Some states have already slapped taxes on blueberries, illegal drugs and fur clothing. But as budget shortfalls grow, state legislators are looking for even more devious ways to steal your money.
A Little Off the Top
In an attempt to balance their budgets, states like Michigan and Nebraska are considering taxing a haircut, by extending the state sales tax to include personal grooming services.
“These states are expanding the services they’re taxing, and a haircut is considered personal grooming and can be seen as a luxury item,” said Kim Rueben, a senior fellow at the Urban Institute. “And while you might not think a haircut is a luxury item, you could always do it cheaper or at home.”
Pulling a Tax Out of a Hat
Lawmakers in Maine are going after children’s entertainment to make a little extra money for the state.
A bill proposing a 5% state tax on a slew of things, including comedians, clowns, jugglers, ventriloquists, petting zoos, paintball and even haunted hay rides will be voted on this summer and would go into effect in January 2011.
But purveyors of such services are afraid their profits will disappear. Angelique Steelgrave, who works with her husband as a full-time magician, said that this tax will have a huge impact on small entertainment businesses like hers.
“We hate the idea,” she said. “Not a lot of businesses these days have the luxury of raising prices 5%, and in a lot of cases, this could be a serious amount of money we would either have to charge clients or eat ourselves.”
Up, Up and Away
Kentucky is looking to raise $350 to $400 million a year by taxing high-end services such as limousine and hot air balloon rides, golf green fees, private landscaping, armored car services and professional laundry services.
But opponents of the bill are concerned it will stifle some small businesses.
“I know there’s very little I can do about it, but any tax is going to have a negative impact and I’m almost certain we will lose customers,” said Brian Beazly, owner of Louisville-based Balloon Odyssey, which offers rides ranging from $195 to $375.
Hair of the Dog
A tax on pet grooming and horse training accompany a long list of other odd levies lawmakers in Michigan (again) have proposed to bridge the state’s budget deficit. Plumbing, fur storage, beauty parlors, funeral services, diaper services, massages, bowling, coin-operated video games, meat slaughtering, movie tickets, zoos and pest control are also on the state’s hit list.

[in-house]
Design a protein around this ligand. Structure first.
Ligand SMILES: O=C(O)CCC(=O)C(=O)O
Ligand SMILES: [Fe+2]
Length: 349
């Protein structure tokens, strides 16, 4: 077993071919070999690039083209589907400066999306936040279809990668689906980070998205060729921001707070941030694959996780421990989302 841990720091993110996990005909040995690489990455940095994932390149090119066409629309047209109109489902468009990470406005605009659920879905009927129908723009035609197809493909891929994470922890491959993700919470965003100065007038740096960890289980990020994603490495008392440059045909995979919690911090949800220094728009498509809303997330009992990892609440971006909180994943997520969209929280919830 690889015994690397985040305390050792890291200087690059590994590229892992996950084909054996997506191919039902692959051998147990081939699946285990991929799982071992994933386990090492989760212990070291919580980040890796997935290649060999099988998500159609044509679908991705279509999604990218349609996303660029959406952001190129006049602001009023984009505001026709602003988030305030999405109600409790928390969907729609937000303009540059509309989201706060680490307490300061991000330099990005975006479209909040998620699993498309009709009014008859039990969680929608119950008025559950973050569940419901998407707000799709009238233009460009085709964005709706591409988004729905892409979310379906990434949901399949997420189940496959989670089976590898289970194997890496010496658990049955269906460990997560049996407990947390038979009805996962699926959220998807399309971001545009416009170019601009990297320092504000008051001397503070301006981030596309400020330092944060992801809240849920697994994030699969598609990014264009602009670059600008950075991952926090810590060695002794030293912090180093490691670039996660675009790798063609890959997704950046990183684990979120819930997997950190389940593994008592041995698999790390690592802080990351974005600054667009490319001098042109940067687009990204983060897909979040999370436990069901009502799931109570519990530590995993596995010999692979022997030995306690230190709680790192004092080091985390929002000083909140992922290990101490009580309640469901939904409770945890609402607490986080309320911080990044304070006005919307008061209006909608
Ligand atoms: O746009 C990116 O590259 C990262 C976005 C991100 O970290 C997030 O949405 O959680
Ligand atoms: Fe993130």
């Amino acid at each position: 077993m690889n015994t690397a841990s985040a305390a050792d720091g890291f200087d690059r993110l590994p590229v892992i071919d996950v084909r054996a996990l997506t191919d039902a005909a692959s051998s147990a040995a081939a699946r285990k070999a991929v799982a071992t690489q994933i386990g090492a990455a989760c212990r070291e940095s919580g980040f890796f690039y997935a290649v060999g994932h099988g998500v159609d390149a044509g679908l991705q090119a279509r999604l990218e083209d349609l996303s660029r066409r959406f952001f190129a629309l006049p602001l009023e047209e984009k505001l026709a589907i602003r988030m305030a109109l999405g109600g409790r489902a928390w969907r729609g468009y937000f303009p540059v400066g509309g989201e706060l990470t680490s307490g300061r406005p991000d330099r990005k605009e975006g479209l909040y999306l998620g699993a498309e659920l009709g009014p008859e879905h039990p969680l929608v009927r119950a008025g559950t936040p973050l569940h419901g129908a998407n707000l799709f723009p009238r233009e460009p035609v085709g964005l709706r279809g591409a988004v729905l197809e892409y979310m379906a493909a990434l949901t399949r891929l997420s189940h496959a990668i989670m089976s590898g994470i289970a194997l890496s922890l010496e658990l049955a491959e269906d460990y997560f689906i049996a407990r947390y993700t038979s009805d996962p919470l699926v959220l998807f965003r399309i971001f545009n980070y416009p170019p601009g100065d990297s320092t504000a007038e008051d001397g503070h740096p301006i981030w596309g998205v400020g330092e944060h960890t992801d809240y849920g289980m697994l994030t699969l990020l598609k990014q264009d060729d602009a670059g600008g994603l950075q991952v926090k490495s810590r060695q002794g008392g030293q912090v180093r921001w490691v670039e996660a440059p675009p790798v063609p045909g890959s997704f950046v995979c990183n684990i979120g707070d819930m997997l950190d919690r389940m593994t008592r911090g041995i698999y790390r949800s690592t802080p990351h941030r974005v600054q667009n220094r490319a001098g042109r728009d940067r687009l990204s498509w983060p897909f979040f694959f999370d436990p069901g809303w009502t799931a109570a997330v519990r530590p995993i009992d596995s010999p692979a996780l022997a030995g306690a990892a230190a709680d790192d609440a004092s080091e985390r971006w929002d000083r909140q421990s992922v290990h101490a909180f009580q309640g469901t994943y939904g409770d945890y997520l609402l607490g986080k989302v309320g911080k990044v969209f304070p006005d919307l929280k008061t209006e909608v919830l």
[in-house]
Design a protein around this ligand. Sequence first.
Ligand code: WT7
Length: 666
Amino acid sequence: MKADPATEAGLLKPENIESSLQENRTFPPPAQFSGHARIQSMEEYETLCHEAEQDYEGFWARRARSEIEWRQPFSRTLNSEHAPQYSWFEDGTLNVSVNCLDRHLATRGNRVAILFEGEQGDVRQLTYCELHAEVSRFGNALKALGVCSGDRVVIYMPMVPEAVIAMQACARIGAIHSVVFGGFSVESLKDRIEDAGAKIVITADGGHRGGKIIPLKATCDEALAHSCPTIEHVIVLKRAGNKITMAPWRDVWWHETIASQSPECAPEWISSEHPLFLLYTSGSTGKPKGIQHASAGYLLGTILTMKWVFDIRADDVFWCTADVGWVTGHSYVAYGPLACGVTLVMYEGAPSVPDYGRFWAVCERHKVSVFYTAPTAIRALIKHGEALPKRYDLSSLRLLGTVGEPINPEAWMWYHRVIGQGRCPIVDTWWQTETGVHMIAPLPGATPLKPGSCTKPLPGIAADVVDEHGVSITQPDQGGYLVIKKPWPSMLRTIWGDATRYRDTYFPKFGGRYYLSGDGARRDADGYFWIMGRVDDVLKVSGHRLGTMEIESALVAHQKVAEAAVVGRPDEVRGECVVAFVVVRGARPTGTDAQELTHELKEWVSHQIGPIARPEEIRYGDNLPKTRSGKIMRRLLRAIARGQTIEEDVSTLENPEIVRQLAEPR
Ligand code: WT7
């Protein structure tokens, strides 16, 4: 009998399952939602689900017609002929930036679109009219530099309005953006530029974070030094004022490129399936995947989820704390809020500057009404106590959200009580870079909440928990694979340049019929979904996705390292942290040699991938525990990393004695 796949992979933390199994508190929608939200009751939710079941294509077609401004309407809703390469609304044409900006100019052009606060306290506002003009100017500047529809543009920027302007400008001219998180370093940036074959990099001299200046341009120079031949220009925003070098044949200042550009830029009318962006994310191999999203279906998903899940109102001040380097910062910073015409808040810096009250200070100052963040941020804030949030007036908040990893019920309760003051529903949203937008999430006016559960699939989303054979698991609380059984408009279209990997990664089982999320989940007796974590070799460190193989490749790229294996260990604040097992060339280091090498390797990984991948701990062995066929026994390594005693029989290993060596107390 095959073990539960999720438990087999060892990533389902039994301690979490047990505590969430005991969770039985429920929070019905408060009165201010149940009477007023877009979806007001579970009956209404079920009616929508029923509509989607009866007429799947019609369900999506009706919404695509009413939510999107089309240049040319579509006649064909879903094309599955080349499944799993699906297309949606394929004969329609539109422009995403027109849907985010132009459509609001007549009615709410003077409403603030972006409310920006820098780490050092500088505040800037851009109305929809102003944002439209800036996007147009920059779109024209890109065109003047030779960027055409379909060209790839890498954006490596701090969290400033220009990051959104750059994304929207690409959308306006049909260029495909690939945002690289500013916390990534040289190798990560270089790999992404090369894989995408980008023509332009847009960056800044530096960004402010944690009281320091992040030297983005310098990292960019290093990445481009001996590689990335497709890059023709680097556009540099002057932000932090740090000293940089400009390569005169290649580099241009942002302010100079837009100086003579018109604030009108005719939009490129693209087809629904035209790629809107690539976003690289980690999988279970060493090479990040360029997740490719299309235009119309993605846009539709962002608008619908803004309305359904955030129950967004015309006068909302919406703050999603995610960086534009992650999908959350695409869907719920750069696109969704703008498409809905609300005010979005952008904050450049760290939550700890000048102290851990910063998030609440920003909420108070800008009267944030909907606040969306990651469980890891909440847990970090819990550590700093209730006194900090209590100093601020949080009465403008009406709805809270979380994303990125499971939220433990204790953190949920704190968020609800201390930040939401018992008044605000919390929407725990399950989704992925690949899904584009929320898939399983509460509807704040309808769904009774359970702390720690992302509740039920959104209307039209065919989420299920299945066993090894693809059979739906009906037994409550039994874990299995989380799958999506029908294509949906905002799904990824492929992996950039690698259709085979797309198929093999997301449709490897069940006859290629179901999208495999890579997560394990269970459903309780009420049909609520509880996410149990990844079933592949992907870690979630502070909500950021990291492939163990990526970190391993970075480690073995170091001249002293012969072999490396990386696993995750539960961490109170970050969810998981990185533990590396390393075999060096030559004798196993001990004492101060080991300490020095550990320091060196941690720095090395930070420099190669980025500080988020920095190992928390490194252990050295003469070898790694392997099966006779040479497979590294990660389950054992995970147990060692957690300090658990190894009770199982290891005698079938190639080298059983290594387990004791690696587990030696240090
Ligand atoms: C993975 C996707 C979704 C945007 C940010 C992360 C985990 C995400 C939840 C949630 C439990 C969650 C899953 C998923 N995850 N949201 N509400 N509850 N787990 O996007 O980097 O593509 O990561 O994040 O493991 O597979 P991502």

“We’re having a hard enough time since our service is a luxury and not a necessity — this is not the time to do something like this,” said Linda Knobelsdorf, the owner of a small pet grooming company in Michigan.
A Real Stretch
Missouri’s long-standing tax on yoga has come under fire in recent months after the state decided to re-enforce the levy despite opposition to a tax on what many yoga enthusiasts view as a spiritual practice.
Yoga is currently classified as a recreational service in Missouri and is taxed along with athletic events like Cardinal games and fitness club memberships.
But yoga studio owners and their customers argue that it’s part of a religion rather than a recreational activity.
“I understand the state needs money, but if anyone takes a minute to look at this, they will see that it’s just the wrong thing to do,” said Ken McRae, owner of alleyCat Yoga. “This is against the law. You cannot tax a religion, and by every definition, yoga is a religion.”
Trying to Play Cupid
Searching for your soul mate? Don’t go to Nebraska to find a date — the state might charge you for it.
In addition to a tax on the use of dating services, a whole slew of other odd services were in the running, including scooter and motorcycle repairs, shoe shines, reflexology, massages, tree trimming, taxidermy, fur storage, detective services, garment alterations, dance studios and armored car services. Getting your gun or camera repaired would have also cost you more.
That free breakfast at Holiday Inn Might not be free much longer.
In Tennessee, the General Assembly is considering applying the state’s sales tax to complimentary meals provided at hotels as part of its “sale for resale” initiative, which would tax items included as part of a service.
Customers would receive their free breakfast, but might be surprised to see a tax charge added onto their bill, if that hotel decides to pass along the cost.
Opponents of the tax argue that meals could actually end up being double-taxed, according to the Tax Foundation, since the cost of providing them is usually taken into account when a hotel determines its room rates, which are already subject to the state’s sales tax.